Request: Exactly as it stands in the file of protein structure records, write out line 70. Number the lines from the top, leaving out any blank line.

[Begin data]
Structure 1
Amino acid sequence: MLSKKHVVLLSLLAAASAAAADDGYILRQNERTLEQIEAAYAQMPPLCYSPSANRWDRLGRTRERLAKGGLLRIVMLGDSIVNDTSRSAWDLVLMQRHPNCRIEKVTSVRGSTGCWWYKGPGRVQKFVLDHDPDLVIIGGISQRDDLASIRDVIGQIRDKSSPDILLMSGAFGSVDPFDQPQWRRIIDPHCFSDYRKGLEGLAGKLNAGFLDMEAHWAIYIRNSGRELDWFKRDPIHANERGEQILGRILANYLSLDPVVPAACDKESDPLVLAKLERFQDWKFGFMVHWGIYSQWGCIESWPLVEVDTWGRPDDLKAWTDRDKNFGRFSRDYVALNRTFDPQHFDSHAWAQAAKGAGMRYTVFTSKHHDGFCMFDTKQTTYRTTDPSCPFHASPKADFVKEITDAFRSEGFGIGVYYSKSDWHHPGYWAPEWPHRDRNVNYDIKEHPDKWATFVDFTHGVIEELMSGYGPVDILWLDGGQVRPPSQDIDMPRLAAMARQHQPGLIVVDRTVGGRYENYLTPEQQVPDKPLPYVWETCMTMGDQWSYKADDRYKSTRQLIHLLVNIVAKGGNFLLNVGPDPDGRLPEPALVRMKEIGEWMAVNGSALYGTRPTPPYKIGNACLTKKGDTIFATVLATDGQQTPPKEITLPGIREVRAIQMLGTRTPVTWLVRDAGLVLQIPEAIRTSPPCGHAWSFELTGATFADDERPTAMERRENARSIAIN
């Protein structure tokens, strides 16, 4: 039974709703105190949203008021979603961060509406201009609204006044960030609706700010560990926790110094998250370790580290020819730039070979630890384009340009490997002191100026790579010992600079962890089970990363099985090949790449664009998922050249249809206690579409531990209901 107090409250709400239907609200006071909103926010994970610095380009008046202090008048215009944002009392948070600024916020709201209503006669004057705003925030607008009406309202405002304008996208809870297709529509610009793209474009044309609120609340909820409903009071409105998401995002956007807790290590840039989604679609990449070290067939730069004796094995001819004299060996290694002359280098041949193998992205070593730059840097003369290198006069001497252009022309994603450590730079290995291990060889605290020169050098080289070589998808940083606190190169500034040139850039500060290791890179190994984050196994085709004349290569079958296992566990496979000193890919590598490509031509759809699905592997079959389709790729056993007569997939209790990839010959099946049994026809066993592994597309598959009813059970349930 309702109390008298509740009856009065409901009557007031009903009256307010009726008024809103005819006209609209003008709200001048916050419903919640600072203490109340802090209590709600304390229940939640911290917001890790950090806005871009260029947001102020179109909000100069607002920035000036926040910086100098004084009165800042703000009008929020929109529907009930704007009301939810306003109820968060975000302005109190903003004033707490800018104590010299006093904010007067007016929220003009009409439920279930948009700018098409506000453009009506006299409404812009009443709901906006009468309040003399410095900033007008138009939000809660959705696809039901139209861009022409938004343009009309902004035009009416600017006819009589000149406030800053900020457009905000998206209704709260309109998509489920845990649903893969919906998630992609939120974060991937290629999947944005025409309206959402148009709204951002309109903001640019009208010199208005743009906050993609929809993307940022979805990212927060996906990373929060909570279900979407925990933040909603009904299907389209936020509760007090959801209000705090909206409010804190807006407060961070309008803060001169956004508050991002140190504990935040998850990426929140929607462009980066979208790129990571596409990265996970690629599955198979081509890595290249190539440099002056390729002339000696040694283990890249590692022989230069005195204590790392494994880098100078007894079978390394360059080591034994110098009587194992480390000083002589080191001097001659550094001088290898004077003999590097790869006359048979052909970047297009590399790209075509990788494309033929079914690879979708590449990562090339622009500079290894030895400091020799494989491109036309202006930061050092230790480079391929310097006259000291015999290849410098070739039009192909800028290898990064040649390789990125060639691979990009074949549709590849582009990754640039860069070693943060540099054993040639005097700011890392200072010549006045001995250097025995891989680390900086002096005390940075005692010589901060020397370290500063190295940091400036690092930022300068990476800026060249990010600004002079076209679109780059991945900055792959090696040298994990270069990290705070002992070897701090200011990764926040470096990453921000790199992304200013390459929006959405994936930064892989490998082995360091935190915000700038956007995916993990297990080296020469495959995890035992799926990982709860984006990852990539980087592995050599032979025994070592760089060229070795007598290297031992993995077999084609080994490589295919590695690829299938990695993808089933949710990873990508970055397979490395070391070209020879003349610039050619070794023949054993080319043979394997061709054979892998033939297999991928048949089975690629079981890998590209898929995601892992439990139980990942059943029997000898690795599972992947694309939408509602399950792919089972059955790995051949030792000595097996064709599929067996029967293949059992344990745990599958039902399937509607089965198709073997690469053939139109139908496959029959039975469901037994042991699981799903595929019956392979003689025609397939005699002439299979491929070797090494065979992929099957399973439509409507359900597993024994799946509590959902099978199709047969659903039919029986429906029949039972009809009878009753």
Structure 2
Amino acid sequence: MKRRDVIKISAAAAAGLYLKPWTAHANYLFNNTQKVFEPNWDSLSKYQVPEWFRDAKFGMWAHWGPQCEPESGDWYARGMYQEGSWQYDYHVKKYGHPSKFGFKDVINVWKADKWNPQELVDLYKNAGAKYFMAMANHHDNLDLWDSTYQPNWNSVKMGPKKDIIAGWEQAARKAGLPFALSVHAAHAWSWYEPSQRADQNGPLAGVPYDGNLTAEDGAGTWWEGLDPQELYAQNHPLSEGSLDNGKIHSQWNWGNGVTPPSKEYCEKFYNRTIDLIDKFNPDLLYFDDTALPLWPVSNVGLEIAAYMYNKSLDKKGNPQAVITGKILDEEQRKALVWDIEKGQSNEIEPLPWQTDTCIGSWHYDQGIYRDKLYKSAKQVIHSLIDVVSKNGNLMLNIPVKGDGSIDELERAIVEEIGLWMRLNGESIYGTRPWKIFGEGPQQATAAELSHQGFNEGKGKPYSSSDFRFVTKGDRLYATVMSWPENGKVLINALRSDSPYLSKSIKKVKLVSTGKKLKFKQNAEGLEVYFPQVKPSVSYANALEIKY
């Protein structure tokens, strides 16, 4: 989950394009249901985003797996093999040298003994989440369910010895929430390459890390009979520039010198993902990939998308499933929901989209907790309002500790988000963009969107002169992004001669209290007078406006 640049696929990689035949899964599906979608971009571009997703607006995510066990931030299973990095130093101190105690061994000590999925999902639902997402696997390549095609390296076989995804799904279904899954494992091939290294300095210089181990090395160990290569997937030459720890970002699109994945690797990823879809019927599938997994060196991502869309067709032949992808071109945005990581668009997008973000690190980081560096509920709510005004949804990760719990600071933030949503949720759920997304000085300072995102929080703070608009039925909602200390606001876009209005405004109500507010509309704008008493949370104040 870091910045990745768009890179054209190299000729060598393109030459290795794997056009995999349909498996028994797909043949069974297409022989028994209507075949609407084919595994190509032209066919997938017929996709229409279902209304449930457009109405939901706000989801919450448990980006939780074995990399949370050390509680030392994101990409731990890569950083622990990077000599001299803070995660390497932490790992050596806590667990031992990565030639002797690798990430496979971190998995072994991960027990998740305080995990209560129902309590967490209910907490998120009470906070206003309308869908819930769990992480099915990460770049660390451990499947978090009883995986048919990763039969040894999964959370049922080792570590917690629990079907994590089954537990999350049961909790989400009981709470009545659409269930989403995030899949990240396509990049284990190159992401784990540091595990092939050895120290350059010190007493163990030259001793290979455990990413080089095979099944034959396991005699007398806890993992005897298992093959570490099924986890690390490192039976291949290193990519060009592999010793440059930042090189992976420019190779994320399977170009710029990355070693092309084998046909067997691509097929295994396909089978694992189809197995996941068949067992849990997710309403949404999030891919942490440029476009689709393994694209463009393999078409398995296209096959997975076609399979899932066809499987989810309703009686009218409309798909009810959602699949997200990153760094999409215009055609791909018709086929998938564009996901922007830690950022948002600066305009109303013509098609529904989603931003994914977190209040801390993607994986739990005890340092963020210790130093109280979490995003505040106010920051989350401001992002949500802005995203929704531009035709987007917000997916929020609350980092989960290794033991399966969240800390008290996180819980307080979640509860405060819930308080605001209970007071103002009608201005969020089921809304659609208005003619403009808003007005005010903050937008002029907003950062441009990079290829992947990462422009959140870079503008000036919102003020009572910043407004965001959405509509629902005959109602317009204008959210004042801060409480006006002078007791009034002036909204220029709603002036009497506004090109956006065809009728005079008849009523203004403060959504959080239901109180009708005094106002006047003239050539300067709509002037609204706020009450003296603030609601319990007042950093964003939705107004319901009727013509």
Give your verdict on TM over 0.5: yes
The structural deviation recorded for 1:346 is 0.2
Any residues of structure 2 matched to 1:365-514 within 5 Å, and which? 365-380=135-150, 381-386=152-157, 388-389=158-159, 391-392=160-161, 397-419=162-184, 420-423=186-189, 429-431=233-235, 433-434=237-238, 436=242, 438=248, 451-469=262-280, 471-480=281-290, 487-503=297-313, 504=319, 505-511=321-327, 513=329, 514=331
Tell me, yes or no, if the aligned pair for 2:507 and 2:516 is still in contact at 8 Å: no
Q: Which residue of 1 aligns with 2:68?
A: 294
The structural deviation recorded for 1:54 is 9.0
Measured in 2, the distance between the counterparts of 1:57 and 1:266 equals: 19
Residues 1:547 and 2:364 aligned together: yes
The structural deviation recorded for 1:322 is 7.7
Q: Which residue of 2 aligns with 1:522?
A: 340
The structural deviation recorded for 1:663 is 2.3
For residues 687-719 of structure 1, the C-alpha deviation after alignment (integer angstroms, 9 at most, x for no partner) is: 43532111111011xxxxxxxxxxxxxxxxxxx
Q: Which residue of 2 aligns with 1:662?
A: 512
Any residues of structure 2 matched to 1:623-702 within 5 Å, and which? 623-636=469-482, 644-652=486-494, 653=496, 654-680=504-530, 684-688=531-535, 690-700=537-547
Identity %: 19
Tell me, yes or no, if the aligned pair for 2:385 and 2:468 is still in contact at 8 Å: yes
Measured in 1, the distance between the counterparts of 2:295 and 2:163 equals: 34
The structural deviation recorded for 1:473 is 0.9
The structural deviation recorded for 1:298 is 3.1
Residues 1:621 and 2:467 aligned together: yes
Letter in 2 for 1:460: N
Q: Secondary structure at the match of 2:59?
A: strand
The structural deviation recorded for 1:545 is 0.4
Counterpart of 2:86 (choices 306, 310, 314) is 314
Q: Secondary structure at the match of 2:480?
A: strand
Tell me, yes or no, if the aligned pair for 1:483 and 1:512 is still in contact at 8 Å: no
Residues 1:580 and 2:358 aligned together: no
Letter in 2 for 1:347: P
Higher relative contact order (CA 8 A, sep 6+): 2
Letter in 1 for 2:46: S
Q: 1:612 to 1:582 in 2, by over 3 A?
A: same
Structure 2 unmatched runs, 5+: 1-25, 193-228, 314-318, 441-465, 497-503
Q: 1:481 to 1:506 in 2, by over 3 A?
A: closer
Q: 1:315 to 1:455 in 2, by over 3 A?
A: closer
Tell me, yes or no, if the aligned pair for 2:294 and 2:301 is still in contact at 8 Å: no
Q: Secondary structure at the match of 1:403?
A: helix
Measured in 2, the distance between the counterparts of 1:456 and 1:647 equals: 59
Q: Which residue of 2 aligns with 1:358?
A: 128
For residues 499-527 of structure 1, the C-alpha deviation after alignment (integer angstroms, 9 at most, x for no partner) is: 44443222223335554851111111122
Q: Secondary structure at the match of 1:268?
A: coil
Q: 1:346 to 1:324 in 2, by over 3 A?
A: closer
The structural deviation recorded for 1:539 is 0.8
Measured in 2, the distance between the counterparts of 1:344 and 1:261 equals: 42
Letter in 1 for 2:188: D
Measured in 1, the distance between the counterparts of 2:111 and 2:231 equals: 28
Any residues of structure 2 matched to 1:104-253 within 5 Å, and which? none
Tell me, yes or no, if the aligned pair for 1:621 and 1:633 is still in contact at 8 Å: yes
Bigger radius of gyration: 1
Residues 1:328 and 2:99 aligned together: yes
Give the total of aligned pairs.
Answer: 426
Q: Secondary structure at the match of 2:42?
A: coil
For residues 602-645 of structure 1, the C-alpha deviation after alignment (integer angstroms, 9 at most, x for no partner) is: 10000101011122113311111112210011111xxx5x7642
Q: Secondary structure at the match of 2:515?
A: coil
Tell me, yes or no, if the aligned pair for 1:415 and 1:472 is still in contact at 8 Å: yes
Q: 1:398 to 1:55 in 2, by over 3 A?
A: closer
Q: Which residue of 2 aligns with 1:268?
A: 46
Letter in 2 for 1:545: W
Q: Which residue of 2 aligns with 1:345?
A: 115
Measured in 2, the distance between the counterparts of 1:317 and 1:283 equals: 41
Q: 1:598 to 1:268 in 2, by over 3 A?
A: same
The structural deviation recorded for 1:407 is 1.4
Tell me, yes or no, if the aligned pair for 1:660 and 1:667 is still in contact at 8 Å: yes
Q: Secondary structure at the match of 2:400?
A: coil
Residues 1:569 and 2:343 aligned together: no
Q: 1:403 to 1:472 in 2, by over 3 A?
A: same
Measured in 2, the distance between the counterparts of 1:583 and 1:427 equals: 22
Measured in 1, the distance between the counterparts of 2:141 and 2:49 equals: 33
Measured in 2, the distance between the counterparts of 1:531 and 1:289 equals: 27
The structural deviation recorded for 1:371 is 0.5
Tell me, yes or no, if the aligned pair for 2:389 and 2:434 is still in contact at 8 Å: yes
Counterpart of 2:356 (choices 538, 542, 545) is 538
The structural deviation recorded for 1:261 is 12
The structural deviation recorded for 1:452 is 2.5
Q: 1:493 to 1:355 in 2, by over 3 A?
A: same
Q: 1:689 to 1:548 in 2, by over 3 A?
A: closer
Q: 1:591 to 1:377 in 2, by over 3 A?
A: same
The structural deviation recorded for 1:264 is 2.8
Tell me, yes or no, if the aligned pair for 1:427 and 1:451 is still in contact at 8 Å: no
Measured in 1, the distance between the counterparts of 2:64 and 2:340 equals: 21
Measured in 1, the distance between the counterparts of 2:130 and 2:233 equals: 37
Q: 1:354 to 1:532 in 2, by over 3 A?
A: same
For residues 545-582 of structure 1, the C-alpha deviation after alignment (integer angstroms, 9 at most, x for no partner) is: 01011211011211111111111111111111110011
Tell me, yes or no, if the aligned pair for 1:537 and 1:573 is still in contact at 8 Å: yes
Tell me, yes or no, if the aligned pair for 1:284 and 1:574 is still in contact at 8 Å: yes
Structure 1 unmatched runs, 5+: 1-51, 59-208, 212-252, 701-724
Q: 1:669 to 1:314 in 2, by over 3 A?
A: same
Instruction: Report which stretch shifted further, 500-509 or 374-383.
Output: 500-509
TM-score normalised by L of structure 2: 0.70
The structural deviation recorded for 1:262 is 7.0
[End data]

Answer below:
Q: Secondary structure at the match of 2:42?